Federal Reserve officials continue to talk up the chance of an interest rate hike — which would be the first since 2006 — sometime later this year.
San Francisco Fed President John Williams said he believes it is still appropriate for the Fed to raise rates before the end of the year — reiterating concerns about waiting too long to take action. Richmond Fed President Jeffrey Lacker said he dissented against the September policy decision because of his belief that the economy needs higher rates due to labor market tightness. St. Louis Fed President James Bullard, who is not a voting member of the rate-setting committee, said he would've dissented against the decision and believes the case for policy normalization is strong. All those comments come in the context of a possible government shutdown and the impending start of the sure-to-be-disappointing third-quarter earnings season.
But the market is sending its own message concerning a rate hike: It doesn't want one. Futures put the odds of a December rate hike at about even while the odds of an October hike are at less than 25 percent. Traders apparently want the Fed to drop any and all hints of a 2015 interest rate hike. And they will continue with the selloff tantrums until that is accomplished.
As a result, the Dow Jones Industrial Average broke down out of a multi-week bear flag pattern, setting the stage for a possible retest of the Aug. 24 "Black Monday" lows. We're also seeing inflation-sensitive assets like commodities suffer. Inflation expectations, based on the bond market, are pulling back. And the CBOE Volatility Index (VIX) is perking up in a big way.
Unless Janet Yellen removes the possibility of an October or December rate hike when she speaks on Thursday at the University of Massachusetts, Amherst, the selloff is likely to continue. That seems unlikely.
One hope for relief from the threat of policy tightening, and something that Yellen might well pick up on, is the growing risk of a government shutdown and fiscal standoff in Washington starting as soon as Oct. 1. On Monday, Atlanta Fed President Dennis Lockhart sounded a dovish note by warning that a government shutdown would create more uncertainty about the path of the economy — leaving open the possibility that the Fed pushes any rate hikes into 2016.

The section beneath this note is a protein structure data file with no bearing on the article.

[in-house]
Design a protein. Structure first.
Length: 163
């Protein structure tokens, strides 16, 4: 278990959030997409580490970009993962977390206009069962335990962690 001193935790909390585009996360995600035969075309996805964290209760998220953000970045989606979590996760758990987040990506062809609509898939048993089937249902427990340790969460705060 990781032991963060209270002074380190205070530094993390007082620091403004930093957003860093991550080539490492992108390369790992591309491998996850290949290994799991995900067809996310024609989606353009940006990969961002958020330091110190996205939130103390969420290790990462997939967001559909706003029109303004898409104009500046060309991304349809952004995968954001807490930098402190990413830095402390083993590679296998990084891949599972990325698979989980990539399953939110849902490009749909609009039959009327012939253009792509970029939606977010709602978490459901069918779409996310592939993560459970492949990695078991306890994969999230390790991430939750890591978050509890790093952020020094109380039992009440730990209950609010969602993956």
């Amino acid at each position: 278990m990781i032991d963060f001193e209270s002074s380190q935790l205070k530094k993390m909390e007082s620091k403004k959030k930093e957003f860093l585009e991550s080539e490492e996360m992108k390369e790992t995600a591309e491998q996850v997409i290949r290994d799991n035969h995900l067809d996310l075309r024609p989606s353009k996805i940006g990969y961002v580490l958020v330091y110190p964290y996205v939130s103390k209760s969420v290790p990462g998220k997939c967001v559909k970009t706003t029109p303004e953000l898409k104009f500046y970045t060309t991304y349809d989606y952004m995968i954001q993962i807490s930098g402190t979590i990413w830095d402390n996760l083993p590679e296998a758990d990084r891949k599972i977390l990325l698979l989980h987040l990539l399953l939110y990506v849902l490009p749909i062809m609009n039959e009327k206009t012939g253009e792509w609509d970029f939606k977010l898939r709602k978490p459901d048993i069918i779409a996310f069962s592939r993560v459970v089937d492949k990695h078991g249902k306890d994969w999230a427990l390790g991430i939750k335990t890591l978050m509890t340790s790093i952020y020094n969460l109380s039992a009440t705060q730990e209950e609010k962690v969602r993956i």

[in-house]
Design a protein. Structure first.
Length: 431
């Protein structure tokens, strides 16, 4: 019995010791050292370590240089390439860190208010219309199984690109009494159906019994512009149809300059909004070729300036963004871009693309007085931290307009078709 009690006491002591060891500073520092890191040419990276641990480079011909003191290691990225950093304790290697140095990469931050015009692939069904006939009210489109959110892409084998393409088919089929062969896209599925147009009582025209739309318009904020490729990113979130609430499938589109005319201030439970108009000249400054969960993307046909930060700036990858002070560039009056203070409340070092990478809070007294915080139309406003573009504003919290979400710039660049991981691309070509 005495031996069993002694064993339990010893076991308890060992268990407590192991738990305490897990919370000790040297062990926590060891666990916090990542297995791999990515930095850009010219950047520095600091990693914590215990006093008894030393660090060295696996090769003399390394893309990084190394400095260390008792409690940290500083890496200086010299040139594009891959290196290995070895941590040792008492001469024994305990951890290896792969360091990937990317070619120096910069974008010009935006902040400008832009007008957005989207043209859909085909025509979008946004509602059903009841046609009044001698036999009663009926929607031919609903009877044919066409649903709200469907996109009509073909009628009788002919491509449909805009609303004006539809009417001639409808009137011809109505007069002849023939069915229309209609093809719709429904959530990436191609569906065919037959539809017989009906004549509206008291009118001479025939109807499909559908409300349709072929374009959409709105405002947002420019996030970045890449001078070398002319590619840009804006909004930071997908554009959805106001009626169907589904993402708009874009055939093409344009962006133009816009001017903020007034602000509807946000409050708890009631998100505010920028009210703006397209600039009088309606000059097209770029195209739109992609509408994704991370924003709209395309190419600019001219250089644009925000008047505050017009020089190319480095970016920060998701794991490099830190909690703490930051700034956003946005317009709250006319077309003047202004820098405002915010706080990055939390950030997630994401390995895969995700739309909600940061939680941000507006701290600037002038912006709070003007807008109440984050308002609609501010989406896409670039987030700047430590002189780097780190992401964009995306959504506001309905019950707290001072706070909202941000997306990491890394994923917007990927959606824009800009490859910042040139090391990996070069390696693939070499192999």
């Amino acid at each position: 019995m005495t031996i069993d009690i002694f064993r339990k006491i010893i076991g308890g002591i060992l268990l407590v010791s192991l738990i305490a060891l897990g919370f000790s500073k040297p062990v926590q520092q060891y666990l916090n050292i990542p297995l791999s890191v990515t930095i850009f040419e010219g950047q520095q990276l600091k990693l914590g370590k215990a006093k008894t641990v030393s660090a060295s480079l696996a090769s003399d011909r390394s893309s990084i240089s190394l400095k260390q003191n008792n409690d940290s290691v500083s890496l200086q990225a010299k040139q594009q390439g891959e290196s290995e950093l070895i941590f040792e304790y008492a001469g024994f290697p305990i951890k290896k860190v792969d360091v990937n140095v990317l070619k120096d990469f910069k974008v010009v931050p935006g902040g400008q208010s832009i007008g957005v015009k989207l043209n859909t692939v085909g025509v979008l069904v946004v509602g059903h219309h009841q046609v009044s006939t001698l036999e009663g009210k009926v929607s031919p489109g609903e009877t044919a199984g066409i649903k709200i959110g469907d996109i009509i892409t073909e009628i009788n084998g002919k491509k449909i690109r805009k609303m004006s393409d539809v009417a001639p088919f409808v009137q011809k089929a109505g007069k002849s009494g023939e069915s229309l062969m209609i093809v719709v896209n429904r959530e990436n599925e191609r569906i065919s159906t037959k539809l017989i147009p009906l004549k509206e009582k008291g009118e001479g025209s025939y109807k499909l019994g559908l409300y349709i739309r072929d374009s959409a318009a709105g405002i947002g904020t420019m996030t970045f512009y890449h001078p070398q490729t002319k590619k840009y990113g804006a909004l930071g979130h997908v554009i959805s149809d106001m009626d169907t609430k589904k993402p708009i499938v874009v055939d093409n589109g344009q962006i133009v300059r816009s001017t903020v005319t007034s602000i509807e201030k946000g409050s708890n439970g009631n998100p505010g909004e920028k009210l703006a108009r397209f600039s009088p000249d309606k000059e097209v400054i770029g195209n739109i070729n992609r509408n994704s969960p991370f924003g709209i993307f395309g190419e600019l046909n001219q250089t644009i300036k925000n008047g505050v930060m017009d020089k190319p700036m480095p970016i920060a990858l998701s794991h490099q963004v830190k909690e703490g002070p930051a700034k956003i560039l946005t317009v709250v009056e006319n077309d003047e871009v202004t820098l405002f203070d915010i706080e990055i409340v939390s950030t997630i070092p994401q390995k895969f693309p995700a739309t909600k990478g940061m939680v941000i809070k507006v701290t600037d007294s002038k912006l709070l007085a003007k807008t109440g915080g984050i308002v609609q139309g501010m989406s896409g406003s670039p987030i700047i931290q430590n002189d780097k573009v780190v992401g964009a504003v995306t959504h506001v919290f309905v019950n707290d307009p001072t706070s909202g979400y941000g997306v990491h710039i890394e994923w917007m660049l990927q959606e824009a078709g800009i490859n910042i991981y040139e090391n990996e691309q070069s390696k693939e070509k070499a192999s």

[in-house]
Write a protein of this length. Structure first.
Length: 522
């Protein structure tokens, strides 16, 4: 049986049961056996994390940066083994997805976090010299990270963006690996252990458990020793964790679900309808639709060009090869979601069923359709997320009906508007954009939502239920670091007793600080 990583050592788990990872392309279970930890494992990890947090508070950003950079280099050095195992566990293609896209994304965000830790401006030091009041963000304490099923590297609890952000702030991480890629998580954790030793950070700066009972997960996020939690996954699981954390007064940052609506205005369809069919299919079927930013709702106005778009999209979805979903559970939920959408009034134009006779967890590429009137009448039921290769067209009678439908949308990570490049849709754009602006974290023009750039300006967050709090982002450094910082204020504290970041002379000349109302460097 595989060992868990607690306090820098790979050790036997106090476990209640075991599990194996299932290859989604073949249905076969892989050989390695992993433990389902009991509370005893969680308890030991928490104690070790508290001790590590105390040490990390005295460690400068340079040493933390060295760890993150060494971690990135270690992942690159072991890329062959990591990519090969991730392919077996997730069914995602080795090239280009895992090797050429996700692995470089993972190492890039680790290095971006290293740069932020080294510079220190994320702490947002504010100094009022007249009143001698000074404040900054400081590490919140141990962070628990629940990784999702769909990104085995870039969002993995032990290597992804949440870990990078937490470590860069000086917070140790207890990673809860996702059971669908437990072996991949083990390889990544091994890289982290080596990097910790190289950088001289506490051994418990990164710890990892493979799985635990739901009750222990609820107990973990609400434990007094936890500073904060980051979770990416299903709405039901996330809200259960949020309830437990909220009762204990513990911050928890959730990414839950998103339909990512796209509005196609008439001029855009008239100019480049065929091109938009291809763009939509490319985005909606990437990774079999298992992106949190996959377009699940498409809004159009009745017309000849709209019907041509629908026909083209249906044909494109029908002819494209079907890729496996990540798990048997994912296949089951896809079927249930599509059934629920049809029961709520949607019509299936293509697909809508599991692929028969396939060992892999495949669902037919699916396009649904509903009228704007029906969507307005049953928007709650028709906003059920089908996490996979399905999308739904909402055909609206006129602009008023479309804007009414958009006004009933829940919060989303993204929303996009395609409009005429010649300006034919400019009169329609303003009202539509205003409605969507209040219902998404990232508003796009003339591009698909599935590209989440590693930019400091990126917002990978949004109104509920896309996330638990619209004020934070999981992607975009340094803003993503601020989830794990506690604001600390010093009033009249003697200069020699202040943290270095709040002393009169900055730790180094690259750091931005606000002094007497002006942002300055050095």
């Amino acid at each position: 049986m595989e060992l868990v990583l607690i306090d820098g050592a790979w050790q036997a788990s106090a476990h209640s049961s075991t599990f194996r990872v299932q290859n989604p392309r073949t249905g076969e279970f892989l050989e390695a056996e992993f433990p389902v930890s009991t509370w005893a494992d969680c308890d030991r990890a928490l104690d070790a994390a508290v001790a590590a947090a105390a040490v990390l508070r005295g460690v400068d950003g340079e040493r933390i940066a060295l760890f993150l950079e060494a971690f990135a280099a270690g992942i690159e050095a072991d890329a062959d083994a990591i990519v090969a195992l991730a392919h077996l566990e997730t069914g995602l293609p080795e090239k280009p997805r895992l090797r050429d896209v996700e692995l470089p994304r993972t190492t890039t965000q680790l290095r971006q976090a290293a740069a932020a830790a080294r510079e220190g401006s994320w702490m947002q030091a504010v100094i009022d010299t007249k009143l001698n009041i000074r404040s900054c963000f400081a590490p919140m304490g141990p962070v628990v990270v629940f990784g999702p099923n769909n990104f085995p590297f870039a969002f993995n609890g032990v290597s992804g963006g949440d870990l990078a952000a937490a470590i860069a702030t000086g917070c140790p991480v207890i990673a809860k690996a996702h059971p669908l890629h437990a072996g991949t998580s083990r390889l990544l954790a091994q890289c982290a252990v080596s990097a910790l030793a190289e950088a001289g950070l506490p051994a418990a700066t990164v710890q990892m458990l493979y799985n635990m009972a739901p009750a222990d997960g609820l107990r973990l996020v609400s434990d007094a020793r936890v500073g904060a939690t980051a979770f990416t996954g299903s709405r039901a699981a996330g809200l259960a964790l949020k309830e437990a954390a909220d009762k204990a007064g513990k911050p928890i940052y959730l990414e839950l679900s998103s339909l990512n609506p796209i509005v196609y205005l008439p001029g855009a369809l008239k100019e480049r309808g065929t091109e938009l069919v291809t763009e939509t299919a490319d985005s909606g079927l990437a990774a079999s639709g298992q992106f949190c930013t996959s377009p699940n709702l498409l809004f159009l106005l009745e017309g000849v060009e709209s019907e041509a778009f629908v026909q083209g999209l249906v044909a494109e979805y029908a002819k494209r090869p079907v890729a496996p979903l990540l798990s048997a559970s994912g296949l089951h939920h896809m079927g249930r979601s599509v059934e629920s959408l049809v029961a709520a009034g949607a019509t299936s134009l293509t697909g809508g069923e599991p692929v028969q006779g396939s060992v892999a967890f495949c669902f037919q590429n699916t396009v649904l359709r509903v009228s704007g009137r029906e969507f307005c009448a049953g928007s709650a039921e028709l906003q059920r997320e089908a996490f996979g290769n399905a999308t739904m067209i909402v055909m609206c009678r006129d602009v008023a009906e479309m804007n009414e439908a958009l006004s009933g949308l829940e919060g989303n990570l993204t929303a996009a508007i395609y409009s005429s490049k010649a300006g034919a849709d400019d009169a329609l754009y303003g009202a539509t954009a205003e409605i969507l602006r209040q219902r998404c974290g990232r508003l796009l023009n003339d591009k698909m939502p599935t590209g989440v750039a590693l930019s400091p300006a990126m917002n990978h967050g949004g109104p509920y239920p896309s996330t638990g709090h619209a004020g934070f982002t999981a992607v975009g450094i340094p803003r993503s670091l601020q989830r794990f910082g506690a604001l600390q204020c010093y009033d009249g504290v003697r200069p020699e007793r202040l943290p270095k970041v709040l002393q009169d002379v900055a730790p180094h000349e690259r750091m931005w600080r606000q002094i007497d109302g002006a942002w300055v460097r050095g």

Concerning that, budget expert Stan Collender warned in Politico that there is a 75 percent chance of a shutdown as the GOP push against funding Planned Parenthood hardens as the clock ticks away on a budget for the new fiscal year. The debt ceiling is also coming back into play, with Societe Generale warning that a deal will need to be made within the next six weeks or so.
With the September Fed "no hike" decision last week a tough call, according to Yellen’s post-meeting comments, another fiscal standoff will surely give her pause about raising rates for the first time since 2006. But the fear that the Fed my push ahead anyway will keep Wall Street nervous until the possibility is definitively ruled out.
That's because in addition to the threat of another fiscal fight, stock market fundamentals aren't looking so great heading into the start of the third quarter earnings season. Alcoa (AA) unofficially kicks things off on Oct. 8.
The Q2 season was marred by ongoing issues with foreign economic weakness, low commodity prices and a strong dollar. Those problems look set for a repeat performance: Ed Yardeni of Yardeni research notes that analysts are busily cutting their estimates for the quarter. Currently, S&P 500 earnings are expected to fall 2.9 percent over last year.
One gets the feeling from all this that with the Fed so sensitive to the market's performance when determining monetary policy, and with the stock market's steadfast refusal to get happy about the end of nearly seven years of near 0 percent interest rates, maybe rates will never go up.
Yellen was asked that question last week by Ann Saphir of Reuters. Her response was telling, because she didn't dismiss the possibility outright:
"I would be very surprised if that’s the case. That is not the way I see the outlook or the way the committee sees the outlook. Can I completely rule it out? I can't completely rule it out. But really that's an extreme downside risk that in no way is near the center of my outlook."
As long as stocks keep falling — which represents a "tightening of financial conditions" in Yellen's words — the Fed isn't going to pull away the monetary punch bowl. That's dangerous since, as any parent of toddlers knows so well, giving in to tantrums only encourages more bad behavior. And as Deutsche Bank points out in the chart above, Fed policy is far from neutral despite the progress it has already made toward achieving its policy goals on employment and inflation. And as I've discussed before, the risks of maintaining full-tilt monetary stimulus are growing, making an eventual rate hike that much more painful.
The liquidity junkies on Wall Street are screaming, crying and stomping their feet. Will Yellen give in to them again?